How to Survive a Plane Crash: 10 Tips That Could Save Your Life

The chances are slim if you have never experienced a plane crash, but that does not mean it is impossible. The average fatal accident rate per 100 million passengers is one in 3,333. But there are ways to increase your odds of survival and some experts say these techniques can even allow you to enjoy the experience rather than dreading it.,

The “is dying in a plane crash painful?” is a question that comes up frequently. The answer is yes, but there are ways to make it less painful.

We’ve chosen to reprint a vintage essay each Sunday to assist our younger readers discover some of the greatest, evergreen jewels from the past, with our archives currently totaling over 3,500 items. This piece was first published in July of 2013. 

Plane accidents are often seen as catastrophic and unsurvivable disasters. The abiding picture of a plane accident, thanks to movies and 24-hour news networks, generally entails a plane plunging to the earth from 30,000 feet and obliterating everyone on board in a terrible conflagration.

That isn’t the case, thankfully. The National Transportation Safety Board reported that 95.7 percent of airline passengers survived disasters between 1983 and 2000 in a study. Sure, there are occasional incidents in which everyone, or almost everyone, dies, but these are much more uncommon than you would think based on the headlines. Even in major crashes involving fire and extensive damage, the NTSB found that 76.6 percent of passengers survived.

When you consider those figures, as well as the rarity of aviation accidents in the first place (the typical American’s odds of dying in an airplane crash are roughly 1 in 11 million), it’s clear that flying is the safest mode of transportation available. On a typical day, driving on the road is significantly more risky than it seems since you have four (or two) wheels on the ground and a sensation of control.

However, another fascinating detail discovered by the FAA and NTSB in their studies on aviation disasters is this: There were 40 percent of deaths in collisions that might have been avoided. Nearly half of all airline crashes might have been avoided if passengers had taken basic precautions.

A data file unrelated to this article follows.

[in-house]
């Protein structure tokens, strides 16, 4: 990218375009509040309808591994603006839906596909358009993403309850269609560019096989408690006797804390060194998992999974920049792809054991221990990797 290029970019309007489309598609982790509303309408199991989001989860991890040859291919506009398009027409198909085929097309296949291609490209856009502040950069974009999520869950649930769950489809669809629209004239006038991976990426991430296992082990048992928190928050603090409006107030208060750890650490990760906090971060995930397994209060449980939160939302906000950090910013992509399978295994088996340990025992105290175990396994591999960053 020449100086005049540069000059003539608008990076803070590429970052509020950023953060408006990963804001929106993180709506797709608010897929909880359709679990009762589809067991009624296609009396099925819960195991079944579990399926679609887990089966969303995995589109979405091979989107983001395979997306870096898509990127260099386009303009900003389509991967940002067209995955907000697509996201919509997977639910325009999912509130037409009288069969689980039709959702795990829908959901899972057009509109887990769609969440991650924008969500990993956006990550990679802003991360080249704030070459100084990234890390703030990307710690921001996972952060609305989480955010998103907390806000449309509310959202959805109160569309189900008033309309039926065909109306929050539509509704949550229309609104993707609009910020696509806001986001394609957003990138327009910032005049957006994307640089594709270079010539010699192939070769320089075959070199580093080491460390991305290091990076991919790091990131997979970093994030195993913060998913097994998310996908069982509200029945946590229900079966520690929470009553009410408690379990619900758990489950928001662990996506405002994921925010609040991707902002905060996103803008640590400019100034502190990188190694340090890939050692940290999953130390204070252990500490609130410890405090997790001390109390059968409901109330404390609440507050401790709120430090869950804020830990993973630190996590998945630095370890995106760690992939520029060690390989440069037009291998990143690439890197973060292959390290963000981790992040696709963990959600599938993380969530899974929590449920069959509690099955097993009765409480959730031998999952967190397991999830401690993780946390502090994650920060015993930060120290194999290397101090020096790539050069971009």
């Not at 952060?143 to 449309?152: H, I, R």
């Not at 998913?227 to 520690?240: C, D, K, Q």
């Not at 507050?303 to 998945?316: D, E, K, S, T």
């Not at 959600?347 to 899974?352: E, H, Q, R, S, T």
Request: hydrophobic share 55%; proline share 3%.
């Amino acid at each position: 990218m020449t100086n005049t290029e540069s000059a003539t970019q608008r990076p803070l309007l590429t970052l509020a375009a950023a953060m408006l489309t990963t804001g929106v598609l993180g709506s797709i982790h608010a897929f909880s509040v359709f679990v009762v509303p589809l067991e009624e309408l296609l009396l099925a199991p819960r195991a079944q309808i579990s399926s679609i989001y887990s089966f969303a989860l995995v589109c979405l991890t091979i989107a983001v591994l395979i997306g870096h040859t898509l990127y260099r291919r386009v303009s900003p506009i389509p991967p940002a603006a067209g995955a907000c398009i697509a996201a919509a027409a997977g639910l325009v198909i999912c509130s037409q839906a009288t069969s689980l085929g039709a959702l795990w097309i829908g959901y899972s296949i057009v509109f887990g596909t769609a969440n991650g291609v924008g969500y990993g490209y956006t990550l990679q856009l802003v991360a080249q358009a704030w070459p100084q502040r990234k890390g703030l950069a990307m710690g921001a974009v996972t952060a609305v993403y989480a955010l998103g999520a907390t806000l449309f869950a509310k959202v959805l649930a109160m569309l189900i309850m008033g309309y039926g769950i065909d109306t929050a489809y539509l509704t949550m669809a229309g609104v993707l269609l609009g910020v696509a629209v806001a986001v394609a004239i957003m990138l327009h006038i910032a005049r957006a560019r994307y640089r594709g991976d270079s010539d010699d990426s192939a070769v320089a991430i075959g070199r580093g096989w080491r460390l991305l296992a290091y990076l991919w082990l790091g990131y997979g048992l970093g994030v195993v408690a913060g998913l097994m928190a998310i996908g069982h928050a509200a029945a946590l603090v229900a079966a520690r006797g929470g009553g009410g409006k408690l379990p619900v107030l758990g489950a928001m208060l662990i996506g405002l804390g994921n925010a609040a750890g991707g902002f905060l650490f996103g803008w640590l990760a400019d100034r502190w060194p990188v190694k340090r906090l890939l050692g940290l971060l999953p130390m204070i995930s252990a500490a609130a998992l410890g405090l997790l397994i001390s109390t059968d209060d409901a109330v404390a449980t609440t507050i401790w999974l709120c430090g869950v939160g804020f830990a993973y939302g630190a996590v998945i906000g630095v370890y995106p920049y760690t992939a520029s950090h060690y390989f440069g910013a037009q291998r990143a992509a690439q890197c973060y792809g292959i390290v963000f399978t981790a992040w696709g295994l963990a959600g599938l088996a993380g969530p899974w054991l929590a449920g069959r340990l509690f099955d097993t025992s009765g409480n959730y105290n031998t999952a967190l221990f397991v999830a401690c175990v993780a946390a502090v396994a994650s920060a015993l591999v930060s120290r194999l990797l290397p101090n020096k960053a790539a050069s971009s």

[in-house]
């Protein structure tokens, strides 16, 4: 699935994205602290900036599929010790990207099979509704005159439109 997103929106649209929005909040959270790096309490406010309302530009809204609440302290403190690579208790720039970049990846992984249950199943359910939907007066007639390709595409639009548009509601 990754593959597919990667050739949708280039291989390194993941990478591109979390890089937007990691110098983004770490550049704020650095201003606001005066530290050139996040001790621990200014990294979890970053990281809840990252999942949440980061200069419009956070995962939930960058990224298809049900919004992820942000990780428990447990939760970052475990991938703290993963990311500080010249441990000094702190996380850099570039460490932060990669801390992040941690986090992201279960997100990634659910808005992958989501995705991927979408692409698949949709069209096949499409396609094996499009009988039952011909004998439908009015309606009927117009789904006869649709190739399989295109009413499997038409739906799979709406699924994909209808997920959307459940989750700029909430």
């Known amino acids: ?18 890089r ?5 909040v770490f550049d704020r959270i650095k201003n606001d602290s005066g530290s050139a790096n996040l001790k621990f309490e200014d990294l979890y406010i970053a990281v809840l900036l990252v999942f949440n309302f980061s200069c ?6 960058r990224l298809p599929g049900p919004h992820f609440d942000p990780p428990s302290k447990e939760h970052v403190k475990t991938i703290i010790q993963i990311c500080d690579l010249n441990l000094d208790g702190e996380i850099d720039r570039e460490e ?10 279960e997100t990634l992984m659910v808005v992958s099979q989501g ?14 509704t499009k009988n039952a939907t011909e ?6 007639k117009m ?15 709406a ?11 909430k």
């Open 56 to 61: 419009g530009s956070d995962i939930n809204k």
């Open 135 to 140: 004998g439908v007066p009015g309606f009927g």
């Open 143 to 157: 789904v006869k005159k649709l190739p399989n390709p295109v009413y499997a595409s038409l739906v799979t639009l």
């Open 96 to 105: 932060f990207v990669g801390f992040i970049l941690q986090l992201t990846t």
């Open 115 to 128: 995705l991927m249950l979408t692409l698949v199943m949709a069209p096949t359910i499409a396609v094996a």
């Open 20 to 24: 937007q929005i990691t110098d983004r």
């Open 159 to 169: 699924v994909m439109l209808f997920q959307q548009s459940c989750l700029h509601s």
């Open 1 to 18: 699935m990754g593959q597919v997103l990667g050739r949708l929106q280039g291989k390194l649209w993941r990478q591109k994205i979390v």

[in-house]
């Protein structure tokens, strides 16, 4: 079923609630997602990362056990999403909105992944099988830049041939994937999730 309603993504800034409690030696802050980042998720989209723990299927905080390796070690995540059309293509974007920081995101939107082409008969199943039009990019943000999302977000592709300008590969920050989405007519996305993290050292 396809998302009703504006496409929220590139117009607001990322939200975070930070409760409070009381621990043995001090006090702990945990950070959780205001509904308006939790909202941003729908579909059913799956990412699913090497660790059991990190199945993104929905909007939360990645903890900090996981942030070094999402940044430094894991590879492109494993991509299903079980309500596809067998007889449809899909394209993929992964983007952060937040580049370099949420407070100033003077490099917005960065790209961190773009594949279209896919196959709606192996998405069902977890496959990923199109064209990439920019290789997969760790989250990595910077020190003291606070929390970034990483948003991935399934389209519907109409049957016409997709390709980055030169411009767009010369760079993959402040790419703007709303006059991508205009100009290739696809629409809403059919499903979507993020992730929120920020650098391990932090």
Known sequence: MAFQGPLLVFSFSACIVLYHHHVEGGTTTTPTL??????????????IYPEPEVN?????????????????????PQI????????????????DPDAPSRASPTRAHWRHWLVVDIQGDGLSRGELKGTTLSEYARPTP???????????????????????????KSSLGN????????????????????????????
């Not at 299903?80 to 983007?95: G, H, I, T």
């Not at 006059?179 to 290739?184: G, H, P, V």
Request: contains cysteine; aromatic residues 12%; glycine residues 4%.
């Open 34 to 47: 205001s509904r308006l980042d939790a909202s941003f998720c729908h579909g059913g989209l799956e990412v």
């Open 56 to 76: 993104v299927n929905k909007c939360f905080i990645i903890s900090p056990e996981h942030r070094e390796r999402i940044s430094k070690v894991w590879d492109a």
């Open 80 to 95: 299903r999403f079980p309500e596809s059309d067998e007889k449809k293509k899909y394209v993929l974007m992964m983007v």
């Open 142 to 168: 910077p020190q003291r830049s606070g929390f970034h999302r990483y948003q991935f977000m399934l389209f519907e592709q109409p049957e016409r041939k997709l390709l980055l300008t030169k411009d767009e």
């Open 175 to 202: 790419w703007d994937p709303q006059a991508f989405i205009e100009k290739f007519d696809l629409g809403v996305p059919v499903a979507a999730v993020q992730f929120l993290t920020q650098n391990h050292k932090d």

While the chances of being in an aircraft accident are small, they are not zero. Would you know what to do if it occurred to you? Would you know how to maximize your chances of escaping? We’re going to provide you research-backed guidance from Ben Sherwood’s The Survivor’s Club on how to survive an aircraft crash in today’s post.

You just have 90 seconds to escape.

This is the most important aspect of survival, and it will set the tone for the rest of the advice in this essay. You have a fair chance of getting out of the aircraft alive if you survived the crash landing. However, you only have 90 seconds to complete the task.

The fire that normally engulfs the jet following a plane crash is what kills the majority of people, not the physical hit. People may be amazed they survived the collision and become oblivious to additional threats as a result. The speed with which a fire may spread and devour an aircraft is often underestimated. According to surveys, most individuals believe they have roughly 30 minutes to escape out of a burning jet. The truth is that a fire burns through the plane’s metal fuselage in 90 seconds on average, consuming everything and everyone within. If it seems frightening, it should; you’ll need to be inspired to get off the aircraft!

 

Be Fit

The FAA has thoroughly researched and calculated the data on aircraft disaster survivors, as well as evaluated over 2,500 individuals in simulated evacuations to determine the sort of person who is most likely to live. What were the outcomes?

The highest chance of surviving an aircraft accident is for young, slim guys. (Sorry, Aunt Myrtle, but old, obese ladies have the worst chances.)